The Faith and American Politics Survey asked those who attend “religious services” once a month if the clergy at the respondent’s place of worship ever speak out about the issue of abortion.  44% of young adults (aged 18-34) said their clergy had spoken out against keeping abortion legal.  Additionally, 25% also said their religious beliefs had the biggest influence on their thoughts on the issue of abortion.

Yesterday [today], a new poll about Catholics and issues important to them was released by people who “get it.”  Carl Anderson, Supreme Knight of the Knights of Columbus, held a press conference from Rome and Washington’s National Press Club, where he announced the results of the national poll, Moral Issues and Catholic Voters, commissioned by the K of C.

Mr. Anderson stressed the fact that although the economy is the issue at the forefront of everyone’s mind (57% of registered voters and 60% of practicing Catholics say this is the number one issue of the election),  voters prefer a candidate who shares their values.

The two main issues addressed in the survey were abortion and same-sex “marriage” and how average Catholics feel about these moral questions.  An important conclusion is the surprising consensus among Americans about abortion.  Speaking from Rome, Mr. Anderson said the labels of pro-choice or pro-life are no longer adequate and do a disservice to the overall debate because the phrases “magnify division.”

For example, 44% of Americans describe themselves as pro-life and 50% say they are pro-choice, but when asked about the abortion issue in more precise terms, an important concept emerges – 84% of Americans believe abortion should be significantly restricted.  This sentiment flies in the face of Roe v. Wade which currently makes abortion legal during all nine months of pregnancy.

The thing that sets this poll apart from the Faith and American Politics Survey is the fact the Knights of Columbus know what it means to be Catholic.  During today’s press conference, Mr. Anderson cautioned the media, pollsters, and pundits that Catholics are not a “monolithic voting bloc” and are distinguished by two sub-groups, practicing Catholics, which this survey identified as those who attend Mass at least once a month (which I think is pretty weak since Catholics are expected to go at least once a week), and non-practicing Catholics, those who were raised Catholics and for whatever reason have fallen away from the Church, and thus, her teaching.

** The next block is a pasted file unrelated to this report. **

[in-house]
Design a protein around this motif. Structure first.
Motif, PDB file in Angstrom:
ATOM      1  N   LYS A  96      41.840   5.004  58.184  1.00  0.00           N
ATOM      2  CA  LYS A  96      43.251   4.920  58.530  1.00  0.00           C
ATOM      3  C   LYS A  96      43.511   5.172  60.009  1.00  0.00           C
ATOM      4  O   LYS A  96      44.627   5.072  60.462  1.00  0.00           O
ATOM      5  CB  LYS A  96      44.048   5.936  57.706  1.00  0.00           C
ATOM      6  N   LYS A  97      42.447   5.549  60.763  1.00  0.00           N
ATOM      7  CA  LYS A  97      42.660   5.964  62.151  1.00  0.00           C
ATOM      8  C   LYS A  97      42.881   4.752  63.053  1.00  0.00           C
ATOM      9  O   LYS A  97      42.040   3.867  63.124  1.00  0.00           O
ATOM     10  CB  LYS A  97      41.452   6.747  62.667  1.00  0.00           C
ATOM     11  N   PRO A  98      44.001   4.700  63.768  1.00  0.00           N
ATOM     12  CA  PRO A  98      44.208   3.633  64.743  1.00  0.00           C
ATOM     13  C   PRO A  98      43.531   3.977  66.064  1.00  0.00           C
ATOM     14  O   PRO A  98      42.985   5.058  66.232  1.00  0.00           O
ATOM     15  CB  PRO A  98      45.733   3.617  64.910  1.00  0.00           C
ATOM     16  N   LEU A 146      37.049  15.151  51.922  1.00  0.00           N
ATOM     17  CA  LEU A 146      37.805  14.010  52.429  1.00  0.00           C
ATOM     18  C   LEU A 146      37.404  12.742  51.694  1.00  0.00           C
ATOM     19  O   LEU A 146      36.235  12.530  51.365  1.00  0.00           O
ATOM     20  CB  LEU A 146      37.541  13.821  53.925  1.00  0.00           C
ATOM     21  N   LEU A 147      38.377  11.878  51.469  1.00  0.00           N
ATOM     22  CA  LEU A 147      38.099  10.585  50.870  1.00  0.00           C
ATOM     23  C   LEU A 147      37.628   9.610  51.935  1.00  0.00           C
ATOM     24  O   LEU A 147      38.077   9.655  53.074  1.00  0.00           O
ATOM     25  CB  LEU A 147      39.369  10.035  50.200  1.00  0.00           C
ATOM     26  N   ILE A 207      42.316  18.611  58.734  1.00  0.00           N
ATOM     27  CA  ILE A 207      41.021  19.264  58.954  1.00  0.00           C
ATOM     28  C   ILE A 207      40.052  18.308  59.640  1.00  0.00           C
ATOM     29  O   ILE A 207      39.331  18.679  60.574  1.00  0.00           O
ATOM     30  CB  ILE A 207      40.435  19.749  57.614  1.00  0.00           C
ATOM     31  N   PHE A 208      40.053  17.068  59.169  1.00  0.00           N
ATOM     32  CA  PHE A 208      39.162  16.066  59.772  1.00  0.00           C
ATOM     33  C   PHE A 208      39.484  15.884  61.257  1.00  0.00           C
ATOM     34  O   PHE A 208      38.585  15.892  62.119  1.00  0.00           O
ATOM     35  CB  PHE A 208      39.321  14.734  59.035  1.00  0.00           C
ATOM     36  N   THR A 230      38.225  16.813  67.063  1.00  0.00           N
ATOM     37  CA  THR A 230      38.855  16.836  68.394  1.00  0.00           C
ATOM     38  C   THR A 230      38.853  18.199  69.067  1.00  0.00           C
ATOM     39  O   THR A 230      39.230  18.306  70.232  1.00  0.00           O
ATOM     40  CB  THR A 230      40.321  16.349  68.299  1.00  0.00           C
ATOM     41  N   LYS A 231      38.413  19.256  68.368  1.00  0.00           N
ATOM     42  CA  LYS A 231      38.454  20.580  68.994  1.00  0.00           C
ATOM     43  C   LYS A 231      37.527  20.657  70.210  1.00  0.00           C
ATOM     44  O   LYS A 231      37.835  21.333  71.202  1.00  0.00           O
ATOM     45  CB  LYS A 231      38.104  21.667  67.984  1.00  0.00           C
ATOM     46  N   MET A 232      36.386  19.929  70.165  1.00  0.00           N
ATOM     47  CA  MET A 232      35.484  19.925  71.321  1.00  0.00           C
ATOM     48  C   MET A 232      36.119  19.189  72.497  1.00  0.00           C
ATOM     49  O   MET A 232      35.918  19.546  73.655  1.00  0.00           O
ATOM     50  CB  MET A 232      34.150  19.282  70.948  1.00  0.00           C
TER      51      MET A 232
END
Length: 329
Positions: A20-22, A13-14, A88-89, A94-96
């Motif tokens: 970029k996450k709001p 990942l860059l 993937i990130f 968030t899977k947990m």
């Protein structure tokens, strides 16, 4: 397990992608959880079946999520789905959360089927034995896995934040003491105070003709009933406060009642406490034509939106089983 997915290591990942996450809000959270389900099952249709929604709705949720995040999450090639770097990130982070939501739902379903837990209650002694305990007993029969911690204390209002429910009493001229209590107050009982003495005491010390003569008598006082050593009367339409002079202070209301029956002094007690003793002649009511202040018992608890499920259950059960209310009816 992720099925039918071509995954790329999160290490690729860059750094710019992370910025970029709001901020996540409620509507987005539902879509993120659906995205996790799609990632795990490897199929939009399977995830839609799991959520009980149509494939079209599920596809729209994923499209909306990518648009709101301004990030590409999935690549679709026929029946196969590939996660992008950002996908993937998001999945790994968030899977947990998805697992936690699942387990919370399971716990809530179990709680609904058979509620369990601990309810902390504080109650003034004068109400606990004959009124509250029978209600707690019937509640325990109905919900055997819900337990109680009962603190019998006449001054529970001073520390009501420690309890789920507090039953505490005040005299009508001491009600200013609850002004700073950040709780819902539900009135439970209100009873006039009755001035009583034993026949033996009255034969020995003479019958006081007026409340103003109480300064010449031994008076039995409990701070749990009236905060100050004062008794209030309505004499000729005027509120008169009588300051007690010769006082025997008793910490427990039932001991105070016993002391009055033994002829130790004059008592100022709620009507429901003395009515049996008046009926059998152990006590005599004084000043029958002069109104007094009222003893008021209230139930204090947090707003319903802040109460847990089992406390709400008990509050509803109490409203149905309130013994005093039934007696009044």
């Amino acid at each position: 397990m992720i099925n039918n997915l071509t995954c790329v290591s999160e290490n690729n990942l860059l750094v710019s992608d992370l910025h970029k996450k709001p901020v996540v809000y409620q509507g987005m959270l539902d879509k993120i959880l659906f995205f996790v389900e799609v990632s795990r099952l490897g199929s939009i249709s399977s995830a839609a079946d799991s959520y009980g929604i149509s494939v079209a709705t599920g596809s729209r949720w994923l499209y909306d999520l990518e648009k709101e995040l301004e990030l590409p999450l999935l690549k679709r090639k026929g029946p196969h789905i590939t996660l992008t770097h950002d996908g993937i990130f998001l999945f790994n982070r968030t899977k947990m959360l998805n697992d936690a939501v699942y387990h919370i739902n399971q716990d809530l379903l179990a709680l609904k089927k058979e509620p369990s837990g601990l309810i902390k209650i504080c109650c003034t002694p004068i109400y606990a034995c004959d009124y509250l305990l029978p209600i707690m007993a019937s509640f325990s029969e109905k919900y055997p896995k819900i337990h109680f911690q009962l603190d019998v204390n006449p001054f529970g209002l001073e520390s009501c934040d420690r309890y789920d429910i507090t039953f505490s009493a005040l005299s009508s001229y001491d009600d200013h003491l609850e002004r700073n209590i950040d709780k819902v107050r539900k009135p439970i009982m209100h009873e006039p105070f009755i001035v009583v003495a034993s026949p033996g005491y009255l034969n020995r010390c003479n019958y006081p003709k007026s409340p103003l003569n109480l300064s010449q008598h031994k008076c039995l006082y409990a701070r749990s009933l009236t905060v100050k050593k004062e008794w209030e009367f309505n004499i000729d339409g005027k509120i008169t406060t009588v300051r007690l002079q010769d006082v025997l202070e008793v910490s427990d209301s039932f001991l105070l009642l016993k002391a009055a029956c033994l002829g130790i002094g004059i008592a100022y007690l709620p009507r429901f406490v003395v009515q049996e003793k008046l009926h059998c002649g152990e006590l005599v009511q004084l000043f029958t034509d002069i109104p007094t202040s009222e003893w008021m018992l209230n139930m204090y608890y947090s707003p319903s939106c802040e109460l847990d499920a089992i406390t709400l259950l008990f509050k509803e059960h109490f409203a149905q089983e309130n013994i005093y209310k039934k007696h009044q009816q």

The Moral Issues and Catholic Voters poll found a distinct difference between practicing and non-practicing Catholics.  46% of non-practicing Catholics, for example, believe same-sex couples should be allowed to legally “marry,” compared to only 22% of practicing Catholics.  The differences, I suspect, would be much different if practicing Catholics were considered to be those who abide by the Church’s precept of weekly attendance at Mass.

Who would practicing Catholic voters choose in the McCain-Obama match up?  The answer is unknown since the Knights of Columbus decided not to ask partisan questions in their poll.  One thing is for certain, though – this will be an historic election for Catholic voters.

By Eric Wilson.

Read other articles by Eric Wilson at


Palin=More Women Voters

September 9, 2008 by Alexandra Windsor  
Filed under Politics

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The new polling data coming out in the last couple days has to be all take with a grain of salt.  We need a week to let the effects of the convention and news of Palin’s nomination settle down so that we can get some equilibrium.  More importantly we need to find out if the change in national numbers will translate into gains in the crucial swing states.

BUT . . . . One thing I do feel entirely confident saying is this: The much debated question of whether Palin would actually make a difference with women has been answered in the affirmative.

The Rasumussen tracking poll for today reported:

McCain leads by four points among men while Obama leads by three among women. On Tuesday, when Obama’s lead peaked, he had a fourteen point advantage among women.

An 11 point swing! That’s huge and can’t be explained as simply a slight shift that may be a result of the margin of error or pollster induced error.  Perhaps those 11 points won’t hold up but I think it’s safe to say that regardless, Palin will result in a net gain in women votes for the GOP ticket.


UPDATE: The ABC/WaPo polls has even starker numbers:

White women have moved from 50-42 percent in Obama’s favor before the conventions to 53-41 percent for McCain now, a 20-point shift in the margin that’s one of the single biggest post-convention changes in voter preferences.

Link is PDF